MacPro said:
    That was fast!  Well done Apple.
    No, it was not. Apple refuses to read their own users forums. If they would have read them, they'd known about this severe bug at least two weeks ago, as you can read here: https://forums.developer.apple.com/thread/79235 Just browse to november 13th, and read the post written by chethan177. Their excuse that they only got to know about this issue this Tuesday afternoon is just lame IMHO.

    If the problem wasn’t submitted as a bug report then I’m not surprised they didn’t know about it. That’s how this stuff is usually done, rather than having engineers watching forums all day long looking for problems. 
    Watching developer forums is in fact part of the job description of some engineers. And if they aren’t watched - they should be. So should some external forums. 
    williamlondongatorguy
  • Reply 27 of 56
    MacPro said:
    That was fast!  Well done Apple.
    That should have been caught before the first developer beta. Who audits Apple SW for security?
    williamlondon
  • Reply 28 of 56
    slurpy said:
    Pretty stunning turnaround time for a company worth almost a trillion dollars with hundreds of millions of users. 


    What is stunning is how a company with such resources missed this.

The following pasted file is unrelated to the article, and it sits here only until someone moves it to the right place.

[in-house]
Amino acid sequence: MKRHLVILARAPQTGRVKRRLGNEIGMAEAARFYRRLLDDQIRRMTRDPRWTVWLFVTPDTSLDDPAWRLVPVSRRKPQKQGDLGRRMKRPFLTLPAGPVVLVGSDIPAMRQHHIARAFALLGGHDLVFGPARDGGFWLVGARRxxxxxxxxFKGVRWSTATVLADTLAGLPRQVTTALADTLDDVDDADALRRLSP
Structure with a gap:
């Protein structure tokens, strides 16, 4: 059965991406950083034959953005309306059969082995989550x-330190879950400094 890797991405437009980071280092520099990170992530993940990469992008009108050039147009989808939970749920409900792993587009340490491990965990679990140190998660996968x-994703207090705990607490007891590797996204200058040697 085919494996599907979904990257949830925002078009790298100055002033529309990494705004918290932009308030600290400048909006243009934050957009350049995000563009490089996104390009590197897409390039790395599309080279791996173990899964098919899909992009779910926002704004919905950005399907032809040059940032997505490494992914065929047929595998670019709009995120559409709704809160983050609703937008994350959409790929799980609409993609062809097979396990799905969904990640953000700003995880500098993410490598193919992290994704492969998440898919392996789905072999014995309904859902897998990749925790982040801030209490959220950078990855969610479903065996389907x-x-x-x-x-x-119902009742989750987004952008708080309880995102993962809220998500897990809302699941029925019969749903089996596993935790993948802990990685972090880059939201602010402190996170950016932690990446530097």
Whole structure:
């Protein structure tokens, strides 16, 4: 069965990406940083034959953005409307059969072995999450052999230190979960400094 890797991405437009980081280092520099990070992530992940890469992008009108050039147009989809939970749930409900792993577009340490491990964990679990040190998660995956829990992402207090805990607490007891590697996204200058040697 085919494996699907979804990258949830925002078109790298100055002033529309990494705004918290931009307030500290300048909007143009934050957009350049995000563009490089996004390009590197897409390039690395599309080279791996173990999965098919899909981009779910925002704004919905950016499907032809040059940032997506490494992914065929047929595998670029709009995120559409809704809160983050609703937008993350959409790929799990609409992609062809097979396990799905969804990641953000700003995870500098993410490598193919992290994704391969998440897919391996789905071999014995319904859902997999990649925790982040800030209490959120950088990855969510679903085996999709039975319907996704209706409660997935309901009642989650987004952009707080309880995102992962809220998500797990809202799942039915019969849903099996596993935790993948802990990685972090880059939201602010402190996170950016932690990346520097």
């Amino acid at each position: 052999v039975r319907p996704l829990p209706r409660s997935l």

williamlondon
  • Reply 29 of 56
    Question... after the patch to close the vulnerability is applied, and going forward... should the steps, in https://support.apple.com/en-us/HT204012, to change the root user's password always be followed each time you setup a new Mac - like as a best practice?  Or is that unneccesary?  

    At the end of Apple's Security Update page (https://support.apple.com/en-us/HT208315), it states "If you require the root user account on your Mac, you will need to re-enable the root user and change the root user's password after this update."

    I'm not clear on if the only thing that's been fixed by the security update is that the root account has been disabled again by default, or if the password has also been set to some internal-to-Apple secret.  

    Considering that it's traditionally a best practice of change the admin or root password of any computer OS, router, etc. during initial setup, the article read like it's telling customers and Enterprises to always change this password, or detailing the consequences of changing / not changing it during initial setup.
  • Reply 30 of 56
    foggyhillfoggyhill Posts: 4,767member
    techrider said:
    Question... after the patch to close the vulnerability is applied, and going forward... should the steps, in https://support.apple.com/en-us/HT204012, to change the root user's password always be followed each time you setup a new Mac - like as a best practice?  Or is that unneccesary?  

    At the end of Apple's Security Update page (https://support.apple.com/en-us/HT208315), it states "If you require the root user account on your Mac, you will need to re-enable the root user and change the root user's password after this update."

    I'm not clear on if the only thing that's been fixed by the security update is that the root account has been disabled again by default, or if the password has also been set to some internal-to-Apple secret.